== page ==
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War Requiem (1989)

Courtesy of EuroLondon Films Ltd

Main image of War Requiem (1989)
35mm, colour/black and white, 93 mins
DirectorDerek Jarman
Production CompanyAnglo International Films
 Liberty Film Sales
ProducerDon Boyd
PhotographyRichard Greatrex
MusicBenjamin Britten

Cast: Parker, Nathaniel (Wilfred Owen); Tilda Swinton (Nurse); Laurence Olivier (Old Soldier); Patricia Hayes (Mother); Rohan Mccullough (Enemy Mother); Nigel Terry (Abraham)

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A complex collage of images of war, inspired by Benjamin Britten's oratorio and Wilfred Owen's poems.

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With its dialogue-free collage of images evoked by Wilfred Owen's WWI poems and set to the music of Benjamin Britten, War Requiem, made with a budget of just £670,000, can be seen, in a sense, as an extended music video - Jarman directed videos for the likes of The Smiths and Marianne Faithfull. The film's theme and bleak mood reflect Jarman's own state of mind, since this was his first artistic project since learning he was HIV positive.

Britten composed his 'War Requiem' for the opening of the new Coventry Cathedral in 1963, after the original was destroyed by Luftwaffe bombs in 1940. Jarman's film grew out of the director's traumatic memory of a military hospital, where as a child he spent a few days, alongside damaged victims of WWII. The film moves between past and present, its narrative unfolding through the eyes of the Old Soldier (Laurence Olivier in his last on-screen role), who begins his account with a stanza from Owen's poem 'Strange Meeting'. The film's narrative is complex, with spatial and temporal jumps and flashbacks-within-flashbacks, and the actors' performances are more symbolic than naturalistic.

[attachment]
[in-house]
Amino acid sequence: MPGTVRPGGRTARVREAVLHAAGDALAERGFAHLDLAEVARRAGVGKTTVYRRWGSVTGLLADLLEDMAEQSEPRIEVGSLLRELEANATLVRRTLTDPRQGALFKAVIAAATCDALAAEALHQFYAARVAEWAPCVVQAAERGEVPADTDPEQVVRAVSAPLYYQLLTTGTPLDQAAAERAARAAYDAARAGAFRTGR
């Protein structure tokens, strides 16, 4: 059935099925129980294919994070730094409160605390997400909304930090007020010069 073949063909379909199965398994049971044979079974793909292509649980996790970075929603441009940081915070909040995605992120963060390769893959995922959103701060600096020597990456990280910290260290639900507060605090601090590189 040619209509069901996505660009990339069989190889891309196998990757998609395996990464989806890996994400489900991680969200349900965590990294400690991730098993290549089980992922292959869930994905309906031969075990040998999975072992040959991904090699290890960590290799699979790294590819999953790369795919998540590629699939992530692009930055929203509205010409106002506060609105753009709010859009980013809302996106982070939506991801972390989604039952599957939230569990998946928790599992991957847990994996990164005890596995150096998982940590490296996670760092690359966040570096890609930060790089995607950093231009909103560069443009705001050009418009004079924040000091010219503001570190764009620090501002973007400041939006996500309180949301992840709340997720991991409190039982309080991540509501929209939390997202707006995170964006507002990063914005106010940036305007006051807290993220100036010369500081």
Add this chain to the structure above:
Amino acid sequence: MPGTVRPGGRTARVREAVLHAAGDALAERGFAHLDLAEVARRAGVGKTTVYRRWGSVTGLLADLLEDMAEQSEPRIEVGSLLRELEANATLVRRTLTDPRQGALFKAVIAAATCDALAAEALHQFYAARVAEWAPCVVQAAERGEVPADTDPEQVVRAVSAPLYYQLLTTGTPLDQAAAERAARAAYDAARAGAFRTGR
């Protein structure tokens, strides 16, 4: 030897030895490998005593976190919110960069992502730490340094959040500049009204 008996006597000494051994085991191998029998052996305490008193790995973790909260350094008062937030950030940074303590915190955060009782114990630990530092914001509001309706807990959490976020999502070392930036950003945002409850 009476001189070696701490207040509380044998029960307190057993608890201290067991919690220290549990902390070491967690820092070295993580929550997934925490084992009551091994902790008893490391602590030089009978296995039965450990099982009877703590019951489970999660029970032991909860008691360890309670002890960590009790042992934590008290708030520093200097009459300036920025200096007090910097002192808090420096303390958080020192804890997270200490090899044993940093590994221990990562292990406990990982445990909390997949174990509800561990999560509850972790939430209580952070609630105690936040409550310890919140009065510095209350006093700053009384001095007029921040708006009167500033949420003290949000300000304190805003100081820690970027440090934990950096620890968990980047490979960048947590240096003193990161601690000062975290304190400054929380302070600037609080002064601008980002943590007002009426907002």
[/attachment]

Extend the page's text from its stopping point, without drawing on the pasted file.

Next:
Its ornate Christian iconography, absence of dialogue and oratorios sung in Latin make War Requiem one of Jarman's most challenging films. The director likens the fates of Owen and his fellow soldiers (their lives sacrificed for the satisfaction of wealthy bankers, represented here as heavily made-up men) to Christ's martyrdom. The final scene depicts the Unknown Soldier as Christ himself, in echo of Piero della Francesca's Renaissance painting, 'Resurrection'. Jarman's use of religious symbols brings to mind Pier Paolo Pasolini's The Gospel According to St Matthew (Italy/France, 1964), a major influence.

War Requiem evokes memories of several previous Jarman works: the scene in which Owen appears as the Biblical Isaac recalls Caravaggio (1986), while the Britannia figure and cross-dressing soldiers evoke scenes from Jubilee (1977). The gay subtext, religious motifs and the use of Latin are strongly reminiscent of Sebastiane (1976), his controversial first feature.

Jarman emphasises the atrocities of war through WWI newsreel footage, alongside images of the Cambodian conflict and the bombing of Hiroshima. In a way redolent of his earlier The Last of England (1987), the traumas of conflict are juxtaposed with sequences of Owen's idyllic childhood, shot on Super-8. The Gothic labyrinth of Dartford's Darenth Park Hospital makes a convincing likeness of Hell.

Kamila Kuc

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Video Clips
1. Strange meeting (5:14)
2. Laughing with Death (1:51)
3. So Abram rose (4:38)
Jarman, Derek (1942-1994)
Olivier, Laurence (1907-1989)
Swinton, Tilda (1960- )